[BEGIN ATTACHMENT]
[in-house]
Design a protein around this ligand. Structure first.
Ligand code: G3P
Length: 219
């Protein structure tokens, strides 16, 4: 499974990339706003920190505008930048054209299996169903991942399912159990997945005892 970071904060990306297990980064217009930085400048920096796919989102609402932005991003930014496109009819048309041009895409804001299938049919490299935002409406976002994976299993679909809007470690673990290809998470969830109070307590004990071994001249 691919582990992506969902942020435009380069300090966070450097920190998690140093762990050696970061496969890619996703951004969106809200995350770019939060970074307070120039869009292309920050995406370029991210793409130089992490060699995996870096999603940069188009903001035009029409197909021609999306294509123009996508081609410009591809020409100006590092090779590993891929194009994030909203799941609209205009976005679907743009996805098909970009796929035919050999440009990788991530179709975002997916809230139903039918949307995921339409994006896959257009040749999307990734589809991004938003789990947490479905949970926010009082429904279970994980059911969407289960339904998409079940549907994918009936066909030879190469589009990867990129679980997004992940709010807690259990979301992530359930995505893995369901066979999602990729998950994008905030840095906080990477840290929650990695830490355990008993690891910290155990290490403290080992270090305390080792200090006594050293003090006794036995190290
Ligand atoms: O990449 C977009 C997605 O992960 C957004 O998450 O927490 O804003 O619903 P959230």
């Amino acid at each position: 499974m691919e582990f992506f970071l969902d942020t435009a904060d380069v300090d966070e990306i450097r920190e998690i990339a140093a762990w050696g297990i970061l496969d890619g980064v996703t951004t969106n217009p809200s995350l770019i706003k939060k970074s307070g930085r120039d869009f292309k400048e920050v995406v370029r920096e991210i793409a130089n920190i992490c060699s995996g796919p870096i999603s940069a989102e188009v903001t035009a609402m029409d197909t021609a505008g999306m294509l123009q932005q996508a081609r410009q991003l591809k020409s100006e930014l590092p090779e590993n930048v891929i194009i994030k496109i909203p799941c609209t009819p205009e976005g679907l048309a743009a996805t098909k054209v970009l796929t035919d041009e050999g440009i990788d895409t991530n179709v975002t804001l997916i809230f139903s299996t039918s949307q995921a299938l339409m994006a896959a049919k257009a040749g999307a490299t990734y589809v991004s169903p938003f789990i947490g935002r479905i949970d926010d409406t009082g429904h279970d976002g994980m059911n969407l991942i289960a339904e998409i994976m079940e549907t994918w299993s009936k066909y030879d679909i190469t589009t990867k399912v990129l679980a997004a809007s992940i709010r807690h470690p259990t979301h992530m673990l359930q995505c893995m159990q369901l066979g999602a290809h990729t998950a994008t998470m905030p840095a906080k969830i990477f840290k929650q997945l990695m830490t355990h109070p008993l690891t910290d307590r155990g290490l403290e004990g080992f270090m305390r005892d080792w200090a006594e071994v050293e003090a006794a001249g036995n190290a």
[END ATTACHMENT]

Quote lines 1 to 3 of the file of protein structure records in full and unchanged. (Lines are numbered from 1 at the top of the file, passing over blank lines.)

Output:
[in-house]
Design a protein around this ligand. Structure first.
Ligand code: G3P